IN that book he wrote, Tony Blair reveals how it was ‘risky to lose’ the support of…. … David Miliband, John Prescott, Frank Dobson… Westminster MP Karen Buck. He says he was actively worried about the idea after his decision to support Israel in the Lebanon War in 2006.
The ex-PM explains (p602) in A Journey how he sent an aide to canvass the private views of Ms Buck, who pulled off one of Labour’s best election day escapes when she fended off the highly-fancied threat of Conservative Joanne Cash on May 6:
On the flight I reflected deeply on the politics of what happened in Lebanon and my own reaction to it. Ruth Turner, head of government relations, had been seeing members of the PLP. These were not necessarily the uber-loyalists but people it would be risky to lose, people like Peter Hain, John Denham and Karen Buck. They were mainstream PLP people with links to the left as well as the right of the party and they certainly had their finger on the party pulse.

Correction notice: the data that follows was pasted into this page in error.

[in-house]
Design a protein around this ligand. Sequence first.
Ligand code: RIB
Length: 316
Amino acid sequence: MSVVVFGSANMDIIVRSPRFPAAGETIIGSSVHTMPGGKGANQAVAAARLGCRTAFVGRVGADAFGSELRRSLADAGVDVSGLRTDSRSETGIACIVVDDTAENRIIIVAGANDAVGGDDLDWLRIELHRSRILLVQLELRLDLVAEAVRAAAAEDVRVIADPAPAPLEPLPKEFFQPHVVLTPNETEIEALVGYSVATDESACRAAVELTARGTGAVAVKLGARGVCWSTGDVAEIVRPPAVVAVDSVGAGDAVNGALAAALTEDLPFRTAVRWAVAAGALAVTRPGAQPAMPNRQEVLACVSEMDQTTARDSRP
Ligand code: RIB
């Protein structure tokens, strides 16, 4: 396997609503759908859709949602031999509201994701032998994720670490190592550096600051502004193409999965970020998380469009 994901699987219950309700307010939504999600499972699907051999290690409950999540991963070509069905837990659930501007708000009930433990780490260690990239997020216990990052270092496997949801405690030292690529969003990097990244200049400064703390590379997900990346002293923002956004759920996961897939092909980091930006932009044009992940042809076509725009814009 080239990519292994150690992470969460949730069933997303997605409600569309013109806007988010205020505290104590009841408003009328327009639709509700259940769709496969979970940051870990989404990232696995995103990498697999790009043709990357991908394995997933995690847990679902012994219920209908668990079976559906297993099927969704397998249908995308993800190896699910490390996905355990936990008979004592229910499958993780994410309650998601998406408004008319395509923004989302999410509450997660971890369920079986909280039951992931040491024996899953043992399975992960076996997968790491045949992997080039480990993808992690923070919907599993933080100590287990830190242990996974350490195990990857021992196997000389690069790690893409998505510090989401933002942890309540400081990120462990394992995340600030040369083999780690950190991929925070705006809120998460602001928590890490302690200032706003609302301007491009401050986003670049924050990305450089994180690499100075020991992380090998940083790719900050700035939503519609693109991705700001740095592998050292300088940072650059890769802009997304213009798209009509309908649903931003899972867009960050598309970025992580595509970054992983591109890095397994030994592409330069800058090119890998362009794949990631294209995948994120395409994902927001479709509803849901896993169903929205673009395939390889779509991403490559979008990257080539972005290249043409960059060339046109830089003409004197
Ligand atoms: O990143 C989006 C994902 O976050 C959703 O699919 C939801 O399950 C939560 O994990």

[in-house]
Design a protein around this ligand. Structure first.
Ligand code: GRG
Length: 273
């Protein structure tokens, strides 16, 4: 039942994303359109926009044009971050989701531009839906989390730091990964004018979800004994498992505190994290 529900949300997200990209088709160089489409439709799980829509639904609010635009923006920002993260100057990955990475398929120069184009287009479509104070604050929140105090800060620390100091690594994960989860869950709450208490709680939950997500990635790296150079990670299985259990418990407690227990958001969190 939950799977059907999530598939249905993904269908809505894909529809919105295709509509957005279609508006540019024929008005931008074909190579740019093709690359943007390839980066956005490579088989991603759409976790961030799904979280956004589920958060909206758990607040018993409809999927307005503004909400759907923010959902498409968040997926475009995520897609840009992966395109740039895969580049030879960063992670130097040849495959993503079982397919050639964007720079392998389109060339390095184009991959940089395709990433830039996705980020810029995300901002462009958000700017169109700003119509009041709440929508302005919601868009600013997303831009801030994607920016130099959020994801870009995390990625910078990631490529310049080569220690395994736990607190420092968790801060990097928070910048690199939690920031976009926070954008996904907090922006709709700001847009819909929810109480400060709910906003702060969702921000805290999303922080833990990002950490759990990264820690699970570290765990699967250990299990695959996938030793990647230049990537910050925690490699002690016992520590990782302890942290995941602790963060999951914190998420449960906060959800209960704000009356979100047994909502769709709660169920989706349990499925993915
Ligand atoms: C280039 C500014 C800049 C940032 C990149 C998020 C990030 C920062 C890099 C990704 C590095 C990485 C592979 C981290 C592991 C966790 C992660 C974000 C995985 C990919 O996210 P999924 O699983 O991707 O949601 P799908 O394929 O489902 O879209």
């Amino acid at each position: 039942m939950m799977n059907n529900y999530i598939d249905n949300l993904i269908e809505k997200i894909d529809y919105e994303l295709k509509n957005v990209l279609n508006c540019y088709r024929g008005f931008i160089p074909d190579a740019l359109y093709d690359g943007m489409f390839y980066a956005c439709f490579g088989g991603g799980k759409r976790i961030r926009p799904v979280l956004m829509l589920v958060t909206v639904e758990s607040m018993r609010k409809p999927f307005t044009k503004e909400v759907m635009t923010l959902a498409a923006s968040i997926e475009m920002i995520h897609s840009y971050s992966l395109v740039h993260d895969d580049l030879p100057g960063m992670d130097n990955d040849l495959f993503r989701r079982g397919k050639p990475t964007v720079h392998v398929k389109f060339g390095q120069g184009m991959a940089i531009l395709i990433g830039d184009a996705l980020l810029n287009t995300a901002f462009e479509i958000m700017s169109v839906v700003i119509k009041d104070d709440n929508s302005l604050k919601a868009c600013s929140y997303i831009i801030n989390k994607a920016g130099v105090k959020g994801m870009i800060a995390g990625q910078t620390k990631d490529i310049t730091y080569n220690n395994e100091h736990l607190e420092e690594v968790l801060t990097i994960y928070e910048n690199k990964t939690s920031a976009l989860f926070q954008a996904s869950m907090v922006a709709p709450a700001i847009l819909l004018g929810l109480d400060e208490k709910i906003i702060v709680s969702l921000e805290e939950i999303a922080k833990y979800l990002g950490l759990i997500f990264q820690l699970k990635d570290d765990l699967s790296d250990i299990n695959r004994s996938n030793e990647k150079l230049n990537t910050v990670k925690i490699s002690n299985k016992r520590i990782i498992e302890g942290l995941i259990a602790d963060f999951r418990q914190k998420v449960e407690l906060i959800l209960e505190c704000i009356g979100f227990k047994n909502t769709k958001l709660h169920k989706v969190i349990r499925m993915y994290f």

They were more frank with her than they would have been with me. They disagreed with the position on Lebanon, but that wasn’t their real point. They thought my reaction indicated a profound loss of touch, a failure of instinct, a decoupling of me and public opinion that they thought dangerous and, more than that, out of character. I had always been known as the politician with the sure touch, the one who could express the public’s thoughts and therefore shape them, the one who would sniff the scent of public opinion and follow it with a certain intuition. They felt I had lost that ability and with it what made me who I was.